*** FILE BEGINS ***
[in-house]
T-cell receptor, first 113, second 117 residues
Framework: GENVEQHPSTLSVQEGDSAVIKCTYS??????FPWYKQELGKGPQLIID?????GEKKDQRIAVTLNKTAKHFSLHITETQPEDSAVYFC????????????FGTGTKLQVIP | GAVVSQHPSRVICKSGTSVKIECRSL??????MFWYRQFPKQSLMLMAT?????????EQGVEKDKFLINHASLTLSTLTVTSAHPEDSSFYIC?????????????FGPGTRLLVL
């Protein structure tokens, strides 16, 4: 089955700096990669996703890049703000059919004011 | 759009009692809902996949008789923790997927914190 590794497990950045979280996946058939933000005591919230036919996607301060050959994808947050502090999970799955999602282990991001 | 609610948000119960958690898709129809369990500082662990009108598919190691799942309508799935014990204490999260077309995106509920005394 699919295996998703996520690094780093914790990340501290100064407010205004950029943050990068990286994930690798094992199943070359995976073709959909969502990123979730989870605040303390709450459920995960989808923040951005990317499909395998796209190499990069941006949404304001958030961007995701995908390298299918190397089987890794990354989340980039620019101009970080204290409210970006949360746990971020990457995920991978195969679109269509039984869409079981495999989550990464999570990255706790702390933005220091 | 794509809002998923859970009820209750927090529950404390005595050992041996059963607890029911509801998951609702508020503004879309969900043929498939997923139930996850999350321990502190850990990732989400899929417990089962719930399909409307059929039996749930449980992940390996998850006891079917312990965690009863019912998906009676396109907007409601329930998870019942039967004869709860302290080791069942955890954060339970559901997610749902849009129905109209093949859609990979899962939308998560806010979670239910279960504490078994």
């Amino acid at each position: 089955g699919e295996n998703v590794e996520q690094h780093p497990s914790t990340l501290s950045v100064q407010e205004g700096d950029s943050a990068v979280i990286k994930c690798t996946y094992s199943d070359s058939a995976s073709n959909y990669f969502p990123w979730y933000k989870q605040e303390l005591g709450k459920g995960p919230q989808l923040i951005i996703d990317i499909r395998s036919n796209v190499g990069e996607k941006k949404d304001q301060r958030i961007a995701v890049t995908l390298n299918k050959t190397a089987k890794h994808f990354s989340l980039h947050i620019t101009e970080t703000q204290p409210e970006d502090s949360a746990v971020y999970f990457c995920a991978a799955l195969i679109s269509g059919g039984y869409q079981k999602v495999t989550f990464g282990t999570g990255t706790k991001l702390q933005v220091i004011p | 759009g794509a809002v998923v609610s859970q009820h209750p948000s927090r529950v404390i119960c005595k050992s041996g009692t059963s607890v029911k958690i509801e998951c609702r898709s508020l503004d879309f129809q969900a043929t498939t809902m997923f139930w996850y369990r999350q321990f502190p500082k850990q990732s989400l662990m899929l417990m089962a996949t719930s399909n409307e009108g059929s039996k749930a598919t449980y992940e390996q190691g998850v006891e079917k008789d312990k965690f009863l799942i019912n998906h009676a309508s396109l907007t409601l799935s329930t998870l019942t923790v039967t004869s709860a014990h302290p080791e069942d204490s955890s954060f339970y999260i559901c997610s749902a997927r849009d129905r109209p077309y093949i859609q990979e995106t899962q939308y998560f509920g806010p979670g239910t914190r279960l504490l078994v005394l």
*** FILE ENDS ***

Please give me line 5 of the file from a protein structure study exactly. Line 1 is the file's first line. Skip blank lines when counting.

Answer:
């Amino acid at each position: 089955g699919e295996n998703v590794e996520q690094h780093p497990s914790t990340l501290s950045v100064q407010e205004g700096d950029s943050a990068v979280i990286k994930c690798t996946y094992s199943d070359s058939a995976s073709n959909y990669f969502p990123w979730y933000k989870q605040e303390l005591g709450k459920g995960p919230q989808l923040i951005i996703d990317i499909r395998s036919n796209v190499g990069e996607k941006k949404d304001q301060r958030i961007a995701v890049t995908l390298n299918k050959t190397a089987k890794h994808f990354s989340l980039h947050i620019t101009e970080t703000q204290p409210e970006d502090s949360a746990v971020y999970f990457c995920a991978a799955l195969i679109s269509g059919g039984y869409q079981k999602v495999t989550f990464g282990t999570g990255t706790k991001l702390q933005v220091i004011p | 759009g794509a809002v998923v609610s859970q009820h209750p948000s927090r529950v404390i119960c005595k050992s041996g009692t059963s607890v029911k958690i509801e998951c609702r898709s508020l503004d879309f129809q969900a043929t498939t809902m997923f139930w996850y369990r999350q321990f502190p500082k850990q990732s989400l662990m899929l417990m089962a996949t719930s399909n409307e009108g059929s039996k749930a598919t449980y992940e390996q190691g998850v006891e079917k008789d312990k965690f009863l799942i019912n998906h009676a309508s396109l907007t409601l799935s329930t998870l019942t923790v039967t004869s709860a014990h302290p080791e069942d204490s955890s954060f339970y999260i559901c997610s749902a997927r849009d129905r109209p077309y093949i859609q990979e995106t899962q939308y998560f509920g806010p979670g239910t914190r279960l504490l078994v005394l």